“We must recognize the humanitarian needs of refugee populations and we must refuse to act based on fear and intolerance,” said NAPABA President Cyndie Chang. “Policies that discriminate against members of the Muslim community go against our values as Americans. President Trump’s anti-immigrant executive orders open the door to a de facto ‘Muslim ban,’ and roll back efforts to create safe and supportive communities. As Asian Pacific Americans who are first, second, or third generation immigrants — which includes refugees, undocumented, and Muslims — we know all too well the harm these types of restrictive policies may cause.”
“Criminalizing and stigmatizing a group of people simply for their religious beliefs, what they look like and where they come from, violates the American spirit of equality, fairness and innocence until proven guilty,” said SABA President Vichal Kumar. “The carve out in the Executive Actions for religious minorities challenges any assertion that these orders do not directly target Muslims. An outright ban of an entire group is an overbroad and unjustified response to a threat that is based solely on conjecture and unsupported by facts. These actions will leave a legacy of creating deeper mistrust of our communities.”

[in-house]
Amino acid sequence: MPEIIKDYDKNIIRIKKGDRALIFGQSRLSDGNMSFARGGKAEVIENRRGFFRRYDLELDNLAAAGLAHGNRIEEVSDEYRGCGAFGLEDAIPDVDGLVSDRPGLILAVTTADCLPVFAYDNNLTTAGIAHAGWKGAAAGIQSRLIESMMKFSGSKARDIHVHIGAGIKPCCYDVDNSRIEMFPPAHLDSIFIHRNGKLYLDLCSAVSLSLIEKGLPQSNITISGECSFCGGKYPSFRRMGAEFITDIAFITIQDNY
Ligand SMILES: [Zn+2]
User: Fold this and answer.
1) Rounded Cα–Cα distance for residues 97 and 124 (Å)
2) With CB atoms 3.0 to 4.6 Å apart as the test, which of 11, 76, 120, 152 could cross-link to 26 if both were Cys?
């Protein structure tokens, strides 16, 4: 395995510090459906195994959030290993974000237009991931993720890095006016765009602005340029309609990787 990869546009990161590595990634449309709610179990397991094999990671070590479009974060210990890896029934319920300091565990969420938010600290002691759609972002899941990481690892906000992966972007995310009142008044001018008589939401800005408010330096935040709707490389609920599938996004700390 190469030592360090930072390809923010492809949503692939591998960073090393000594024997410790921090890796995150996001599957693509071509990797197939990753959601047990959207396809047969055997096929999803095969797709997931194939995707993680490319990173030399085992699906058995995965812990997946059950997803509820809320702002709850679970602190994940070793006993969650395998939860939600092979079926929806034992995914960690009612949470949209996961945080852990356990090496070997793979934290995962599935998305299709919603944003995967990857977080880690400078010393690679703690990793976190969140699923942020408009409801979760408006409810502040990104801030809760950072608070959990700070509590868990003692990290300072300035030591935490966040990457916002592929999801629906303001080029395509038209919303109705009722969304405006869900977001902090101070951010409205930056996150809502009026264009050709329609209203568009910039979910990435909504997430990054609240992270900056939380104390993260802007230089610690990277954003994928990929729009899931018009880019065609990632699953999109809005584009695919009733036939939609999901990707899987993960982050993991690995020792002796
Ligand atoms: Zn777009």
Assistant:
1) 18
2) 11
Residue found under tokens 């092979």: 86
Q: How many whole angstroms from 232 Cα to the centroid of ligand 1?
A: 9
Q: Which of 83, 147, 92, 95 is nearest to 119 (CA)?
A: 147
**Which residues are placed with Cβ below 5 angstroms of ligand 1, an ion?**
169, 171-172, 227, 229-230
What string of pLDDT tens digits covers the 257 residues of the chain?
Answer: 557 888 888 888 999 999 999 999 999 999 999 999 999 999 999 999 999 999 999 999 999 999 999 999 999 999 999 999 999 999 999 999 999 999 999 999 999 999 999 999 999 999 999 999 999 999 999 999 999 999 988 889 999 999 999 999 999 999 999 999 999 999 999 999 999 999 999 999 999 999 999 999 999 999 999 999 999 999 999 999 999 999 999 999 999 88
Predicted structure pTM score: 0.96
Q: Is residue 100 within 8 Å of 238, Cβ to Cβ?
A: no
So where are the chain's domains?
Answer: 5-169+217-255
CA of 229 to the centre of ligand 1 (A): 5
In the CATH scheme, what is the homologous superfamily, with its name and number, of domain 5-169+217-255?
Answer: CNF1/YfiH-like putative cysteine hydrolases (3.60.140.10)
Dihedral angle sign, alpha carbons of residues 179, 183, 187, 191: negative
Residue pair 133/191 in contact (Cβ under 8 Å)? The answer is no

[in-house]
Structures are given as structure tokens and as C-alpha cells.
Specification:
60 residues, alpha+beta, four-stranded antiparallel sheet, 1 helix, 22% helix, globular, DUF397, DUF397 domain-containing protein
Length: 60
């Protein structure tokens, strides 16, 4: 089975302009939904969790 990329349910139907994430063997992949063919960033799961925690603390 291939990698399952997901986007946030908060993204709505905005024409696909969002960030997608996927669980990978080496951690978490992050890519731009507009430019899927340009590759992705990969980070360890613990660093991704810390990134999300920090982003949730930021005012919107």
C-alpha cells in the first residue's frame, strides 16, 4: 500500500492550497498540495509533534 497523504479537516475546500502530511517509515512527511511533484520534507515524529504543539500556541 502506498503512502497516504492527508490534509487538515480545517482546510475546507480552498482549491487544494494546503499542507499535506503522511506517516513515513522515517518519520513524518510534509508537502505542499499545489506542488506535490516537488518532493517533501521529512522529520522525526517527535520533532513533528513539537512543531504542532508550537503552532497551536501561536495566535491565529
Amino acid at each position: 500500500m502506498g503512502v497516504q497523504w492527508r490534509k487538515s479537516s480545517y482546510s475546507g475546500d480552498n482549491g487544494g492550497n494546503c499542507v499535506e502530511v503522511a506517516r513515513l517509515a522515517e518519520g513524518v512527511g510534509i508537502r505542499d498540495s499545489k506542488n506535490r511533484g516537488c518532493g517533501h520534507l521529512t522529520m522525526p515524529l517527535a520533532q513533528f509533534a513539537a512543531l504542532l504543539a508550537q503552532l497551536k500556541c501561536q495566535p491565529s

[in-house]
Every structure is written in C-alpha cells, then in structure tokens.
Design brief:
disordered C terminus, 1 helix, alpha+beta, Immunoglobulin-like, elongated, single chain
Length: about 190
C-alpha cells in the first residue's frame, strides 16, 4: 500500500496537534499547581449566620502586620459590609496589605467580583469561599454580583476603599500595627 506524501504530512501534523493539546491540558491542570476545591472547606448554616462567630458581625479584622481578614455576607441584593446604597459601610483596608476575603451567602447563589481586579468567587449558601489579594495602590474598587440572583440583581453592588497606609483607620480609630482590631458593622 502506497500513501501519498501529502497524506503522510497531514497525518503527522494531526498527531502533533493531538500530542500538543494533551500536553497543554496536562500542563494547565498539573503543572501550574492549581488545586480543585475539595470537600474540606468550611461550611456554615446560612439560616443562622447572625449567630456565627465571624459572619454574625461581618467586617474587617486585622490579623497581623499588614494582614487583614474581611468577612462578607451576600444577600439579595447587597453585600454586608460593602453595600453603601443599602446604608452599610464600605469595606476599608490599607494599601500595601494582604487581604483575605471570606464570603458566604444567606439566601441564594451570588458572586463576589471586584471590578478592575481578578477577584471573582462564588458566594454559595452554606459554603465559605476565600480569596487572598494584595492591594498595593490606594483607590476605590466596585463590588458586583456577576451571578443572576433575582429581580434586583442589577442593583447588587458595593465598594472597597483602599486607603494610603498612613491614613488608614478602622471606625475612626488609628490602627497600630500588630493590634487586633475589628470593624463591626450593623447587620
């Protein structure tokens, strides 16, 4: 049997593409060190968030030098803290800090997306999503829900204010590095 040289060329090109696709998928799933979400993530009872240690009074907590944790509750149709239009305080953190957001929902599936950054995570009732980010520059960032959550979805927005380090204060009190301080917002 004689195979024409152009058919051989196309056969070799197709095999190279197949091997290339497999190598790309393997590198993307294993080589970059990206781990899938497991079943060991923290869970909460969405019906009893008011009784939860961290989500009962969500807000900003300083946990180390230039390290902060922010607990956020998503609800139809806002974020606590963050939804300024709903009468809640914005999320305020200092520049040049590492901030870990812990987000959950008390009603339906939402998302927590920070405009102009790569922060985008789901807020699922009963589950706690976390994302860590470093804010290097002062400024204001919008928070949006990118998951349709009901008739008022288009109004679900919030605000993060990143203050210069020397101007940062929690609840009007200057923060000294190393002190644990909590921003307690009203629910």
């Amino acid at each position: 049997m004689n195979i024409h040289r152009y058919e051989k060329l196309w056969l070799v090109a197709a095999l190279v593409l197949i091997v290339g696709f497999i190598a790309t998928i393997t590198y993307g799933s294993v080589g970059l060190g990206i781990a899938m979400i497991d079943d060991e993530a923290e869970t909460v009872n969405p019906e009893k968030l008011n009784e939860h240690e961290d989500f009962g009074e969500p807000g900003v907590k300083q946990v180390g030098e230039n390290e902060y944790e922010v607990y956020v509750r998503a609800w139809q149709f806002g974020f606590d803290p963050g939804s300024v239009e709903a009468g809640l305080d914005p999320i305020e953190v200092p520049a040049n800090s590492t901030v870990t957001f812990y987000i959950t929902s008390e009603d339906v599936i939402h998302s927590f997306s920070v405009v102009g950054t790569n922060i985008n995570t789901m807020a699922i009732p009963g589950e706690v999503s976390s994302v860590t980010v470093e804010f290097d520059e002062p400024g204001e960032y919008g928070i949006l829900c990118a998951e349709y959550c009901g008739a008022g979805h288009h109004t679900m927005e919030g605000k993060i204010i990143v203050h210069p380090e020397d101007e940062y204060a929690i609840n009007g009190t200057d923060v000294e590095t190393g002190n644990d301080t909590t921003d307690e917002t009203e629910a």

As organizations that serve and represent the interests of Asian Pacific American attorneys, we know firsthand the harmful legacy of national security programs and exclusionary immigration laws that have unfairly targeted our communities. Our communities have experienced exclusion by law from the 1800s through the 1960s — with bans on country admission like the Chinese Exclusion Act of 1882 and the Immigration Act of 1924. We remember the discrimination and hate crimes that our communities experienced in the forced incarceration of Japanese Americans during World War II. Our communities, especially our Arab, Muslim, Sikh, and South Asian communities were viewed with suspicion and hate, and subjected to violence in the aftermath of the Sept. 11 attacks. We recognize the hope the United States represents to those in humanitarian crises, including to refugees from Asia and the Middle East who have accounted for over half of the refugees admitted to the United States since 1975. Although national security and public safety are critical for all Americans, policies and practices that discriminate against refugees or immigrants on the basis of national origin, race, ethnicity, or religion will not achieve these goals.